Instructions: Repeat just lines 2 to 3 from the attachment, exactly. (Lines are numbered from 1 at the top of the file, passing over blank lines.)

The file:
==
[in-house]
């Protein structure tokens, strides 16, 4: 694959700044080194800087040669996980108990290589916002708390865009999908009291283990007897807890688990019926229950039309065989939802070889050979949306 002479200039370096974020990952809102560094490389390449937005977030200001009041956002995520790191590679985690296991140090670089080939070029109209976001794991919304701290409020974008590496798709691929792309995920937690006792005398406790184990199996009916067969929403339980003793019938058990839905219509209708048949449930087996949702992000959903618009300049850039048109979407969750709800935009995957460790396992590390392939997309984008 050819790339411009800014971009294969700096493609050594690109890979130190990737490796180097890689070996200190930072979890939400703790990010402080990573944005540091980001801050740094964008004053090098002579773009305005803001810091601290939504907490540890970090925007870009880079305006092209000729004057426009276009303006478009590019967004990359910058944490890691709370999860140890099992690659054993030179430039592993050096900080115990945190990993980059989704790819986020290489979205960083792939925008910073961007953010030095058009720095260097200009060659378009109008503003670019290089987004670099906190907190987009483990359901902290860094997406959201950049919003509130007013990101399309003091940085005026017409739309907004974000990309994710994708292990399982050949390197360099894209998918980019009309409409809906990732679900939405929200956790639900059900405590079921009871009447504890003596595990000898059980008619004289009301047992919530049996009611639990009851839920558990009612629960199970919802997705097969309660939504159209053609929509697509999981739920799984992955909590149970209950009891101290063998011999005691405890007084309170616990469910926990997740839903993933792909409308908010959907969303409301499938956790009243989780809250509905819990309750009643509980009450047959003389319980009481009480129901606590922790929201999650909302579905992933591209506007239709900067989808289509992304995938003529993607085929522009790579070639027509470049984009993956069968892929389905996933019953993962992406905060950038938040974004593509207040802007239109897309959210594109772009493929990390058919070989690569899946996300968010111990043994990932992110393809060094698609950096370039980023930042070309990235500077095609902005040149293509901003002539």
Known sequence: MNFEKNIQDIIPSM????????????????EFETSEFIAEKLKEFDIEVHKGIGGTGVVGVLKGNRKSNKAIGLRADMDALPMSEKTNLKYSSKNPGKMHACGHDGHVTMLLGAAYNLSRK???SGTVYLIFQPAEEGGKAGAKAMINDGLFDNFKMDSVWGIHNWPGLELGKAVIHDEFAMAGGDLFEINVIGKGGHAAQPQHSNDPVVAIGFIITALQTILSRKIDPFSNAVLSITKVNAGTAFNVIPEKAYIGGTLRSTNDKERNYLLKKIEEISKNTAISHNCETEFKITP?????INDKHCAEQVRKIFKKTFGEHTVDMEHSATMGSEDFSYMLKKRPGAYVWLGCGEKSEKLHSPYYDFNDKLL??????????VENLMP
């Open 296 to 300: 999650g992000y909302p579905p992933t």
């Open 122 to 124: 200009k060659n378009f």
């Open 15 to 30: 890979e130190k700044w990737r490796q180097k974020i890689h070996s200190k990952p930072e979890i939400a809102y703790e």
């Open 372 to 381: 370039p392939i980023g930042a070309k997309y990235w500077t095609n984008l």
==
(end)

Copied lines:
């Protein structure tokens, strides 16, 4: 694959700044080194800087040669996980108990290589916002708390865009999908009291283990007897807890688990019926229950039309065989939802070889050979949306 002479200039370096974020990952809102560094490389390449937005977030200001009041956002995520790191590679985690296991140090670089080939070029109209976001794991919304701290409020974008590496798709691929792309995920937690006792005398406790184990199996009916067969929403339980003793019938058990839905219509209708048949449930087996949702992000959903618009300049850039048109979407969750709800935009995957460790396992590390392939997309984008 050819790339411009800014971009294969700096493609050594690109890979130190990737490796180097890689070996200190930072979890939400703790990010402080990573944005540091980001801050740094964008004053090098002579773009305005803001810091601290939504907490540890970090925007870009880079305006092209000729004057426009276009303006478009590019967004990359910058944490890691709370999860140890099992690659054993030179430039592993050096900080115990945190990993980059989704790819986020290489979205960083792939925008910073961007953010030095058009720095260097200009060659378009109008503003670019290089987004670099906190907190987009483990359901902290860094997406959201950049919003509130007013990101399309003091940085005026017409739309907004974000990309994710994708292990399982050949390197360099894209998918980019009309409409809906990732679900939405929200956790639900059900405590079921009871009447504890003596595990000898059980008619004289009301047992919530049996009611639990009851839920558990009612629960199970919802997705097969309660939504159209053609929509697509999981739920799984992955909590149970209950009891101290063998011999005691405890007084309170616990469910926990997740839903993933792909409308908010959907969303409301499938956790009243989780809250509905819990309750009643509980009450047959003389319980009481009480129901606590922790929201999650909302579905992933591209506007239709900067989808289509992304995938003529993607085929522009790579070639027509470049984009993956069968892929389905996933019953993962992406905060950038938040974004593509207040802007239109897309959210594109772009493929990390058919070989690569899946996300968010111990043994990932992110393809060094698609950096370039980023930042070309990235500077095609902005040149293509901003002539």
Known sequence: MNFEKNIQDIIPSM????????????????EFETSEFIAEKLKEFDIEVHKGIGGTGVVGVLKGNRKSNKAIGLRADMDALPMSEKTNLKYSSKNPGKMHACGHDGHVTMLLGAAYNLSRK???SGTVYLIFQPAEEGGKAGAKAMINDGLFDNFKMDSVWGIHNWPGLELGKAVIHDEFAMAGGDLFEINVIGKGGHAAQPQHSNDPVVAIGFIITALQTILSRKIDPFSNAVLSITKVNAGTAFNVIPEKAYIGGTLRSTNDKERNYLLKKIEEISKNTAISHNCETEFKITP?????INDKHCAEQVRKIFKKTFGEHTVDMEHSATMGSEDFSYMLKKRPGAYVWLGCGEKSEKLHSPYYDFNDKLL??????????VENLMP